According to the romancers, she arrived at Dauphin Island in the spring of 1721 aboard a pest ship loaded with German immigrants. French Louisiana was then under the administration of the Scottish gambler, banker and speculator John Law, who was sending over hundreds of German and Swiss farmers in an attempt to bolster Louisiana’s small European population. Most of these newcomers settled above New Orleans on a stretch of the Mississippi River subsequently known as the German Coast. But one young woman chose to live in Mobile. She was, in the words of the mid 20th-century local historian Caldwell Delaney, “not of the common herd.” She carried herself like a lady, owned expensive jewelry and bought a little cottage, and in her social interactions, manifested a “noble sorrow.”
Attractive, unattached European women were scarce in early 18th-century Mobile, and the officers at Fort Condé showered her with attention. Chevalier d’Aubant was especially smitten and was convinced he had seen this lady somewhere before during his peripatetic services. He visited her often at her little plastered, half-timber cottage with the bark roof, and she gradually took him into her confidence. She was really, she asserted, Princess Charlotte Christina Sophia of Brunswick-Wolfenbüttel, the wife of Tsarevich Alexis Petroviche, Peter the Great’s son! The credulous d’Aubant readily accepted this, for he had once glimpsed Princess Charlotte in St. Petersburg, and this young lady certainly bore a striking resemblance.
But how, he begged to know, had she come to be in provincial Mobile, perched on the edge of a howling wilderness? Her story was heartrending. Betrothed to the tsarevich when only in her teens, she discovered him to be an abusive, alcoholic brute. Life with him was unbearable, including his drunken rages and his habit of parading his lovers. To make matters worse, she had been isolated and lonely, shunned by the court, a stranger in a strange land. Only her father-in-law the tsar had been kind to her.
Soon, d’Aubant and Charlotte became lovers, and neither was shy about sharing her fantastic identity. d’Aubant fellow officers were experienced, informed and well-traveled men who, though interested in this improbable newcomer, were not in love with her. They were happy to indulge d’Aubant his little adventure but less likely to believe his paramour was a Russian princess. Several were quick to point out that the tsarevich’s wife had in fact died in 1715 after falling down some stairs and then giving birth to her second child.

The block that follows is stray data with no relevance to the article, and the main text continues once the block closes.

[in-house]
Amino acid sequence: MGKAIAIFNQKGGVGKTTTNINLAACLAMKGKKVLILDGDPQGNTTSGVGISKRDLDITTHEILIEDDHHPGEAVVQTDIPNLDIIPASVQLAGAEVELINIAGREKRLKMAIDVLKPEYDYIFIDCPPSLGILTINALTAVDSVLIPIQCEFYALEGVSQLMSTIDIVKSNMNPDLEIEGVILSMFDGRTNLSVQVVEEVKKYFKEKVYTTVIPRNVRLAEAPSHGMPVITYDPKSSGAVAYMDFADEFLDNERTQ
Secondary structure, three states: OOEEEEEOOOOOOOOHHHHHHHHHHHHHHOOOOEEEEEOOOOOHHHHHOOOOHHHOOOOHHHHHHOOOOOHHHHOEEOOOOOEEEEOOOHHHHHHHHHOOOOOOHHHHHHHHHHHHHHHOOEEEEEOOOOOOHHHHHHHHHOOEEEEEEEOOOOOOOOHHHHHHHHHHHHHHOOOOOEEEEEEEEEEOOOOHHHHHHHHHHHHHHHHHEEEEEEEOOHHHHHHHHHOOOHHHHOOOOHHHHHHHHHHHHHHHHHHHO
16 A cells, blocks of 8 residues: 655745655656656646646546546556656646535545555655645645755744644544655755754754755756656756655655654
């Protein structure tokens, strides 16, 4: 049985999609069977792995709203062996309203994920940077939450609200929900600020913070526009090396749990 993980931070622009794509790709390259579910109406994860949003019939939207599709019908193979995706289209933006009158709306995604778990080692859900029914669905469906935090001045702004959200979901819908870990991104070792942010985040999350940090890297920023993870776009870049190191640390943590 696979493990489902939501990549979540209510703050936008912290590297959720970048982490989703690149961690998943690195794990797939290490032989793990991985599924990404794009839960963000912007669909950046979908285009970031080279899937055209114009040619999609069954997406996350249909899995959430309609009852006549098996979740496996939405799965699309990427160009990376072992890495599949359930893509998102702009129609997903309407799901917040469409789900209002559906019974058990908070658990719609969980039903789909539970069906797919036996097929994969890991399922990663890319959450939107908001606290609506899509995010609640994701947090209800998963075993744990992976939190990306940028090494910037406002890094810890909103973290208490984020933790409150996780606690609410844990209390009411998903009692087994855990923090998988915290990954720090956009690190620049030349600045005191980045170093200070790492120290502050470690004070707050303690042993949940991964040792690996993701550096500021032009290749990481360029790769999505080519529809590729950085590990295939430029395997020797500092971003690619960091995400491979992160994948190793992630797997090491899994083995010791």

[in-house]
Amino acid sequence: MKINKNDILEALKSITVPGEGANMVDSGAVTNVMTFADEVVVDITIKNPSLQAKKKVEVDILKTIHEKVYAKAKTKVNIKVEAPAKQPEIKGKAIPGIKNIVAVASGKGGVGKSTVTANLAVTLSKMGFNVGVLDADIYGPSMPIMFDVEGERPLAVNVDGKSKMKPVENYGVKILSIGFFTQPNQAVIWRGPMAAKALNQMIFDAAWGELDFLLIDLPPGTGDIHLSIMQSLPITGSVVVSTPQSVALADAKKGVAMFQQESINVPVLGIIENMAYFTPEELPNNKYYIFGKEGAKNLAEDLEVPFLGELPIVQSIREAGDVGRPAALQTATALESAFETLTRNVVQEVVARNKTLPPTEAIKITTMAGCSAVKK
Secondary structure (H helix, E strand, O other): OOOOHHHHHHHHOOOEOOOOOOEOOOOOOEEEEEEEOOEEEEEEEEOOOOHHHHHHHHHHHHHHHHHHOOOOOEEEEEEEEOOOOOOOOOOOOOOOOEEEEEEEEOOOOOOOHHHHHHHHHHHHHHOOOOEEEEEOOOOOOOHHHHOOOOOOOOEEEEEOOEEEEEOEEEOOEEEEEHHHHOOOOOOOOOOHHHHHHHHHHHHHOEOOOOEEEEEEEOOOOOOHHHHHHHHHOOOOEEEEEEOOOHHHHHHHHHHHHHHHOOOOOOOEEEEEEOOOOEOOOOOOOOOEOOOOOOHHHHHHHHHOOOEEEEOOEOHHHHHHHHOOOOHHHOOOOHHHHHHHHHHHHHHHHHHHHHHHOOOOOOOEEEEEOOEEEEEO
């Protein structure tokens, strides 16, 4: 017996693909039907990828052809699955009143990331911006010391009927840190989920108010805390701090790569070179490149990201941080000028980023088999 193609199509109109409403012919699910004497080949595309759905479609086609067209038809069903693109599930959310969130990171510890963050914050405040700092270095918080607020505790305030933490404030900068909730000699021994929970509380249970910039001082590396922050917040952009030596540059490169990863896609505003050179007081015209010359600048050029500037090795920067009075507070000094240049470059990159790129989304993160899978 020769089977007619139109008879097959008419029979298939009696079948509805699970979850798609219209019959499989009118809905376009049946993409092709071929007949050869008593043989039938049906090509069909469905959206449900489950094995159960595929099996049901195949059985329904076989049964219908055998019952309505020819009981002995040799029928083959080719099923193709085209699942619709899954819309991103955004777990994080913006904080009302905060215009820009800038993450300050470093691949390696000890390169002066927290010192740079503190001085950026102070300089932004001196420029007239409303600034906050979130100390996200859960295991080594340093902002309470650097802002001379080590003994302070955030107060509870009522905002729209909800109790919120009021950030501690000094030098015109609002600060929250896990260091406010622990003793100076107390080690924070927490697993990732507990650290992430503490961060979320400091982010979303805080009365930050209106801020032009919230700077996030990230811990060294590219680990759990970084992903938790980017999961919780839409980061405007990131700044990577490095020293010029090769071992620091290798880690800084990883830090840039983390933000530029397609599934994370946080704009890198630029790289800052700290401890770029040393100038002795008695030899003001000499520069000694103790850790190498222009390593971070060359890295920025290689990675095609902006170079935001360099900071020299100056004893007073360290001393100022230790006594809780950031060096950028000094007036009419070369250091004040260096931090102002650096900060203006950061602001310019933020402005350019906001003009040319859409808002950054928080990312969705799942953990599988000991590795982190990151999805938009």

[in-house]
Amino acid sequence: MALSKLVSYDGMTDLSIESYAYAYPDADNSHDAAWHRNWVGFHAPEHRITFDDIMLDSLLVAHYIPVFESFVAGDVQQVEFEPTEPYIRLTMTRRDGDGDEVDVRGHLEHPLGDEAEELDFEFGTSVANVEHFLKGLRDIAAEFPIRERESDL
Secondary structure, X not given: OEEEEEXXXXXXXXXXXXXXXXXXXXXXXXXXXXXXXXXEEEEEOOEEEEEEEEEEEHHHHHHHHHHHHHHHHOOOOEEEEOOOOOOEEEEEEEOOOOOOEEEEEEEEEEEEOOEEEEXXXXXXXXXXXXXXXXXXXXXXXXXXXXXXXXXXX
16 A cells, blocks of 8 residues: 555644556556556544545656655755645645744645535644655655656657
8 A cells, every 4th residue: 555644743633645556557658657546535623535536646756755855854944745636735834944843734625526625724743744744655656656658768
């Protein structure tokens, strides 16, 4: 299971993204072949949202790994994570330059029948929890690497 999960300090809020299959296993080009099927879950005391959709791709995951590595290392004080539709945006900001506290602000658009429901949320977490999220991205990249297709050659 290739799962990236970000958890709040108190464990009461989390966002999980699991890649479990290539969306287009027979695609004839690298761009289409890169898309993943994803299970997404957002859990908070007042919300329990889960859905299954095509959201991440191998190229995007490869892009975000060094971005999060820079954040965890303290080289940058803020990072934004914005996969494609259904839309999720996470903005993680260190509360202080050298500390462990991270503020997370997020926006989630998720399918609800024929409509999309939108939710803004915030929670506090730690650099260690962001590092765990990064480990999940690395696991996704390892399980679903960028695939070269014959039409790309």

This intelligence did not trouble the chevalier since his lover had a ready explanation. She had faked her death, she claimed, and enlisted a few ladies-in-waiting to assist in tricking the tsarevich and tsar. As a last request, she had entreated the tsar not to have her embalmed. He agreed but still gave a grand funeral complete with horses, carriages, soldiers, clergy and all the rest. Shortly afterward, her devoted servants broke open the royal tomb and released her. After much intrigue, she managed to escape to distant Louisiana, where she was at last free of her evil husband and his many spies.
Doubtless there were many in tiny Mobile who considered the tale nothing more than an elaborate fiction, but d’Aubant was not one of them. As the story goes, he and Charlotte married and had a daughter. When he assumed command at Fort Toulouse, near present-day Montgomery, Charlotte followed him, and they lived, in Delaney’s words, “in a cabin within the fort, while Indians prowled the forests surrounding the stockade. It was a far cry from the Imperial Palace of St. Petersburg, but it was happiness and content.”
D’Aubant’s service soon took them to France, and he died there in 1754. Charlotte lived as a wealthy widow. But one day, the Count of Saxony saw her at the Tuileries and proclaimed her a fraud. Rather than the Princess Charlotte Christina Sophia, she had been a mere wardrobe mistress who had been in the royal Russian household. After the princess’ untimely death, this opportunistic servant girl filched some jewelry and took advantage of her resemblance to Charlotte to pass herself off as royalty. Her acting skills and ready explanations that had so easily worked in colonial Louisiana were quickly exposed in aristocratic Paris, and she subsequently died in poverty.
This story, the first version of which began circulating in Europe around 1760, thoroughly charmed 19th-century American regional historians like François Xavier Martin, Charles Gayarré and Albert James Pickett, who embellished it in their books. Later romantically inclined writers eagerly repeated it well into the 20th century. Delaney devoted an entire chapter to the episode in his elegiac “Remember Mobile” (1948). Others were appropriately skeptical, none more so than Peter Joseph Hamilton, who in his monumental “Colonial Mobile” (1897), claimed that according to church records, d’Aubant’s wife was Louise Marguerite Bernoudy, a local woman of respectable family who “can hardly pose for a Russian princess.” Nor, it would seem, a fast-talking fraudster arrived on a pest ship.
Is it all just lies then? No Mobile princess, no devoted colonial lover, no deceiving wardrobe attendant? Let us adopt a gentler response. It is an old legend with 18th-century European roots, one of many colorful stories that give Mobile its exotic character, redolent of humidity, moss, cast iron and romance. That, at least, is very real, indeed.